Quick & Easy Let’s Encrypt Setup on pfSense using ACME

There is a wonderful new capability in pfSense to use Let’s Encrypt to automatically and securely generate fully recognized TLS certificates.

This is a great thing because security is important. Using self-signed certs is annoying at best. You still completely control your private key when using ACME via services such as Let’s Encrypt, so there is no security downfall to using it.

How-to use Let’s Encrypt on pfSense

Under System / Package Manager / Available Packages you should find a package called acme. Click the install button and allow it to complete.

Once installed you should find Acme Certificates under the Services menu.

The first step is to create your account keys. Enter a name, select the production server if you want this to be live.
Click “Create new account key” to generate a key and insert it into the Account key box.
Finally click the Register button and Save.

The next step is to create your certificate. Under Certificates click the Add button.
Enter the details such as the name.

In the Table you will see I selected “standalone HTTP server” and in the options set the listen port to 8082. This is important because the ACME server needs to be able to access this standalone HTTP server on port 80. We will accomplish this with a port forward rule in the next step.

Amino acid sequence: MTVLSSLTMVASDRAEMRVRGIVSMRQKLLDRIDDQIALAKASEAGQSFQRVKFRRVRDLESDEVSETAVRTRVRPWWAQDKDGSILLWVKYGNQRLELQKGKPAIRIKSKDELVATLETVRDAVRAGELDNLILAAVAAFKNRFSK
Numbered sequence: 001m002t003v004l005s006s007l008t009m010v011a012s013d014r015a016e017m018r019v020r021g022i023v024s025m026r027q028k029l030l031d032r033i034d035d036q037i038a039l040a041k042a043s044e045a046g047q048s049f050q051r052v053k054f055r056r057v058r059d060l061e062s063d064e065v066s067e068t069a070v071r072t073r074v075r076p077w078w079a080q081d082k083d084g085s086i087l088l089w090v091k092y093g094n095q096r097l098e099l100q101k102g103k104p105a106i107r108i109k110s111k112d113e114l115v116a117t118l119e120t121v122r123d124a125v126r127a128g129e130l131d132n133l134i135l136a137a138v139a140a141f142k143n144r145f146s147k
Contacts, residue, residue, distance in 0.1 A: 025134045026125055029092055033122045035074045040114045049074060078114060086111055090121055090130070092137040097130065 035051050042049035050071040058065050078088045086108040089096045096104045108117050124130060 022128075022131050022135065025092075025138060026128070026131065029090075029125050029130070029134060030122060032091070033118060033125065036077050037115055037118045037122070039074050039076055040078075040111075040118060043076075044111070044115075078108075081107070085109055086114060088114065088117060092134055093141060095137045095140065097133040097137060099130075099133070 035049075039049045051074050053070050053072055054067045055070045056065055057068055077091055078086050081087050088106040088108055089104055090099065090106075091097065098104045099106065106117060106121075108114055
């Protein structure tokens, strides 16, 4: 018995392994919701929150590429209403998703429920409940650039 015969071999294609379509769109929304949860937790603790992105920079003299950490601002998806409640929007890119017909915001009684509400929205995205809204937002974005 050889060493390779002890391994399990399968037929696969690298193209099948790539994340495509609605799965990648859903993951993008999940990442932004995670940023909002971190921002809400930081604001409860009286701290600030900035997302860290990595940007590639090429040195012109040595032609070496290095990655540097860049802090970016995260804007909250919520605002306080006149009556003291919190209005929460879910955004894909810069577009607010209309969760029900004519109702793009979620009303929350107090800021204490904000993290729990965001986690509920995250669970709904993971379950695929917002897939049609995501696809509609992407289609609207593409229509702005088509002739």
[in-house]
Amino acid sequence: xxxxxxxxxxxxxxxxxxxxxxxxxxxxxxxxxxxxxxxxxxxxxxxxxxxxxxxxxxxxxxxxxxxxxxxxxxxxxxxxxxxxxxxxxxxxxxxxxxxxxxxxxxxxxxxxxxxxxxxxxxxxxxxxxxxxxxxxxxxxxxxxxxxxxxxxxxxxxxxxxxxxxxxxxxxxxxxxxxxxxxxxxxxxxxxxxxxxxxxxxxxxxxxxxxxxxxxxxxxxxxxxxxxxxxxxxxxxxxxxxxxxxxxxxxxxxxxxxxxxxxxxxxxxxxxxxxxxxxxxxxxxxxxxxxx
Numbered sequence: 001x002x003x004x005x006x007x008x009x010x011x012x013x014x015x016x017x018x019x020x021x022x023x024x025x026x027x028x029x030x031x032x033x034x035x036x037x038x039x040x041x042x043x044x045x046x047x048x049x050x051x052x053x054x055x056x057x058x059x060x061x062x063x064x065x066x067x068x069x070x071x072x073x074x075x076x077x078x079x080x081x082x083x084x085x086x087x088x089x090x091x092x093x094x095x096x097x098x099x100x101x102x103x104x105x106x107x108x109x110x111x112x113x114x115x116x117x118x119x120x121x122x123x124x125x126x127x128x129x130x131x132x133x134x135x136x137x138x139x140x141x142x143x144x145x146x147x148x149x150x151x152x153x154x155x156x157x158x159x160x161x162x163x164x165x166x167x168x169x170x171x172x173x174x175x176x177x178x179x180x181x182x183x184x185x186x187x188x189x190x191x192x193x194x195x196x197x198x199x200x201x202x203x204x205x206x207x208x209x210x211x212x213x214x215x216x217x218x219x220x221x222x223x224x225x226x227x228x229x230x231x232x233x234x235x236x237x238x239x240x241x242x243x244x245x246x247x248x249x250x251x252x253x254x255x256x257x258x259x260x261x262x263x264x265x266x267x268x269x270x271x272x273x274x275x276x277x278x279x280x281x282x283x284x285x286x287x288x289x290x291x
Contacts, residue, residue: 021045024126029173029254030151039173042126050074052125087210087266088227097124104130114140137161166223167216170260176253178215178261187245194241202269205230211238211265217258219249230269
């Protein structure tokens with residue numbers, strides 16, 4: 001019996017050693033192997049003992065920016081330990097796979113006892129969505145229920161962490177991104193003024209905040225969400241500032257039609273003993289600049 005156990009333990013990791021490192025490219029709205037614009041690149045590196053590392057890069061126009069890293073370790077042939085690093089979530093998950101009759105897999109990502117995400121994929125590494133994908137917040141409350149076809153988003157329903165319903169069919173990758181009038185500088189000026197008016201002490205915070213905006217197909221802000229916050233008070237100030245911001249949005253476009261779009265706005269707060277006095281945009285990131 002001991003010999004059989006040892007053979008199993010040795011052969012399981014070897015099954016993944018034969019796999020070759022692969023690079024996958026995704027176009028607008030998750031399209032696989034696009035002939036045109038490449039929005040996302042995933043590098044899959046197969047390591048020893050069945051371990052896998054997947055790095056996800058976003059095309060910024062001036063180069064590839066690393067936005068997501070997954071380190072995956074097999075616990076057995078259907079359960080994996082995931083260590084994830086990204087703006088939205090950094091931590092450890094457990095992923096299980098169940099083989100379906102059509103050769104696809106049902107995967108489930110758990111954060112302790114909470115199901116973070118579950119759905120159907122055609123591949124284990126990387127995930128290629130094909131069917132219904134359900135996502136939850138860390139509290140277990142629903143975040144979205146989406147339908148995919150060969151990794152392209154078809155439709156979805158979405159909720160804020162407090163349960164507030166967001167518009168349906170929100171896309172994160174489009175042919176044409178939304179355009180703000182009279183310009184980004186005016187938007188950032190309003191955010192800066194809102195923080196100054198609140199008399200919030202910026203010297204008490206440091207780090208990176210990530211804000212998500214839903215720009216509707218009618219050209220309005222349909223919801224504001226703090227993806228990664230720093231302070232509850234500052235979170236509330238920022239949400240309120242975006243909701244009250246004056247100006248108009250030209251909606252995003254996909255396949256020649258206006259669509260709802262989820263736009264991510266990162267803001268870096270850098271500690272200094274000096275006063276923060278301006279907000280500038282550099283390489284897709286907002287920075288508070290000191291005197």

Under Firewall / NAT / Port Forward create a new rule that forwards port 80 HTTP to your pfSense IP address which is by default.
This allows the ACME server to communicate with your device to verify ownership.

Of course you can use other methods, I just found this to be the simplest option assuming that you have something already running on port 80 like I do.

Now let’s go back to Acme Certificates, and click the Issue/Renew button. If the domain name you used has correctly configured DNS, you should have a freshly minted certificate available for use under System / Cert. Manager.

To use this new certificate from the pfSense webConfigurator like I am, go to System / Advanced / Admin Access and select your new certificate under the SSL Certificate drop down menu.

Onward to TLS everywhere!

4 Replies to “Quick & Easy Let’s Encrypt Setup on pfSense using ACME”

  1. Thank you for your write-up. For the automatic renewal the NAT rule should remain in place. Is this considered a security risk?

  2. It is a small issue. As long as nothing is listening on the port that you choose other than when the ACME task runs, I don’t believe it’s a big issue. But as the package in pfsense develops I’m sure there will be a way soon to dynamically add and remove the firewall rule.

  3. If the domain name you used has correctly configured DNS ? excuse my ignorance. But I do not understand that part. My use is in the home. You posted this in the pfsense forum

  4. By that I’m assuming that you’ve already pointed the public A record for the domain name you are trying to configure to your pfSense WAN IP.

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